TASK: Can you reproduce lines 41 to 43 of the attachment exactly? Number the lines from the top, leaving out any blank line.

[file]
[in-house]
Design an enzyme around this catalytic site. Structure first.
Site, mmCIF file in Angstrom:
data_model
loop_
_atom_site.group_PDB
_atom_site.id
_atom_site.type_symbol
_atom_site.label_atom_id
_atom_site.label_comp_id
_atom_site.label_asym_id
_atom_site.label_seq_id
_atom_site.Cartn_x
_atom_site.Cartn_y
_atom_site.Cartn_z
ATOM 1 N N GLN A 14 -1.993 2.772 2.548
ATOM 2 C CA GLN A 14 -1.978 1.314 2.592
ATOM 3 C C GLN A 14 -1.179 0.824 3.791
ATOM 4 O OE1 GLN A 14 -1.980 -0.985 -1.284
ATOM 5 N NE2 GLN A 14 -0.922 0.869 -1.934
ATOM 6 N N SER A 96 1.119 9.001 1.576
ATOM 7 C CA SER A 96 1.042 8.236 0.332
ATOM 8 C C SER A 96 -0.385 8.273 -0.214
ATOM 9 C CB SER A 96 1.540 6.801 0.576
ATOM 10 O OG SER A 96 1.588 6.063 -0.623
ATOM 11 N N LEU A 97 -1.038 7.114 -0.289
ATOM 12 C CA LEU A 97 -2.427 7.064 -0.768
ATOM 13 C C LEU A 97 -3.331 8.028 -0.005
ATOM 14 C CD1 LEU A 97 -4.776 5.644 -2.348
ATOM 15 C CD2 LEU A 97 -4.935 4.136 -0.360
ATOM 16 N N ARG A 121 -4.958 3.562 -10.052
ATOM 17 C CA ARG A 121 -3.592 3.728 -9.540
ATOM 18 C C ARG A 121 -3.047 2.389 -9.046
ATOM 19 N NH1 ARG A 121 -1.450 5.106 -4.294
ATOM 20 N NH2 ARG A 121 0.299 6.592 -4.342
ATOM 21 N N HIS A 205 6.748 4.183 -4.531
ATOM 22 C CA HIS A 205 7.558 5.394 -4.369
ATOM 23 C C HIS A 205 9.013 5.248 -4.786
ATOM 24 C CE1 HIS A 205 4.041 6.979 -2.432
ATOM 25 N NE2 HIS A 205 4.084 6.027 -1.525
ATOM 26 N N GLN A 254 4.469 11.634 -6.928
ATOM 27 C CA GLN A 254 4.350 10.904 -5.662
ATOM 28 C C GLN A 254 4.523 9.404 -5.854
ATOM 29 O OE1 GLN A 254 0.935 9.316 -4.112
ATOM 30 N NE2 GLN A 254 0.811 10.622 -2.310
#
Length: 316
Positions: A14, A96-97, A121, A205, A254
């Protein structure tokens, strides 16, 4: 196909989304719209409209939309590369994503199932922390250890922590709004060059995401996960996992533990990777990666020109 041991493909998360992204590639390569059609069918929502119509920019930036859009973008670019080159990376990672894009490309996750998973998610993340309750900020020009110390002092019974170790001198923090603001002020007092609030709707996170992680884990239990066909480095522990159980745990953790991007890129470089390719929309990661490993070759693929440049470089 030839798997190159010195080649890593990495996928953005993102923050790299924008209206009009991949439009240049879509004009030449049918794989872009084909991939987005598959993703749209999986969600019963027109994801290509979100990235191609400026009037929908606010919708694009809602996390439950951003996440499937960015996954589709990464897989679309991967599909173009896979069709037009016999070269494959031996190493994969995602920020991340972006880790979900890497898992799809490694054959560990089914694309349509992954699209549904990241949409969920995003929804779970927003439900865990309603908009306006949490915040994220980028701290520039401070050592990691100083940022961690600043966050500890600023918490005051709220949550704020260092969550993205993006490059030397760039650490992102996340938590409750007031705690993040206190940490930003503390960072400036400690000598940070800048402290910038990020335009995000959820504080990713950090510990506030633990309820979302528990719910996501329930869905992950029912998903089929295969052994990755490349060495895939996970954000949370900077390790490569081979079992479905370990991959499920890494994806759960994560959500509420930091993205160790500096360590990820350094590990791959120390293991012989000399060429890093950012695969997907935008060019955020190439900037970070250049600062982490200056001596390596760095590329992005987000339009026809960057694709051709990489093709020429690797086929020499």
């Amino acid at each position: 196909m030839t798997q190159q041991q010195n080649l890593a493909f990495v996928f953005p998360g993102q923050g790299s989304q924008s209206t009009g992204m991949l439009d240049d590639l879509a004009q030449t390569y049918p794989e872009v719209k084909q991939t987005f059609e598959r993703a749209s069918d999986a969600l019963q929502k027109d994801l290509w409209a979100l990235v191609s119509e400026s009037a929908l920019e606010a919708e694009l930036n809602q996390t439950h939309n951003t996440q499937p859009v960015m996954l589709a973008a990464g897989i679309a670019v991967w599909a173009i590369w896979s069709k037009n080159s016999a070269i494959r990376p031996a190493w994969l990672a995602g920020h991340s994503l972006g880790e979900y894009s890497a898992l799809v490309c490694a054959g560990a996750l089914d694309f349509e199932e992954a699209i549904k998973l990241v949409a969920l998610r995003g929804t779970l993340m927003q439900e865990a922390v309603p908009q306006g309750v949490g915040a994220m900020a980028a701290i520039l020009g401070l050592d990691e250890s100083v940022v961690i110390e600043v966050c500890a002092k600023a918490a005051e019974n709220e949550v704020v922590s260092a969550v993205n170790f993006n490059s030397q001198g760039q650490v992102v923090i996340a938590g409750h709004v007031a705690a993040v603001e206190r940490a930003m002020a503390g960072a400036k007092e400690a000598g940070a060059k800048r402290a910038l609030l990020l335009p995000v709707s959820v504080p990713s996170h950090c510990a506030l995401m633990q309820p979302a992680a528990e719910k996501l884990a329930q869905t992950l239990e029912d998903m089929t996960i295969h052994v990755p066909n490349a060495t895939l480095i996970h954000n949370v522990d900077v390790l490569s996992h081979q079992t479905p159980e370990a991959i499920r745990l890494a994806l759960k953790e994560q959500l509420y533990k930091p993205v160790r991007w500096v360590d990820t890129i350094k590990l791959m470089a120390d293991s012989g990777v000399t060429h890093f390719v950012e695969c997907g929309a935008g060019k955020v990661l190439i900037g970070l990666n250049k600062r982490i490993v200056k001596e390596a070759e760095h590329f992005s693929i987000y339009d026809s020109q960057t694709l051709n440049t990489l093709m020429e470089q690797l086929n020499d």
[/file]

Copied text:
ATOM 26 N N GLN A 254 4.469 11.634 -6.928
ATOM 27 C CA GLN A 254 4.350 10.904 -5.662
ATOM 28 C C GLN A 254 4.523 9.404 -5.854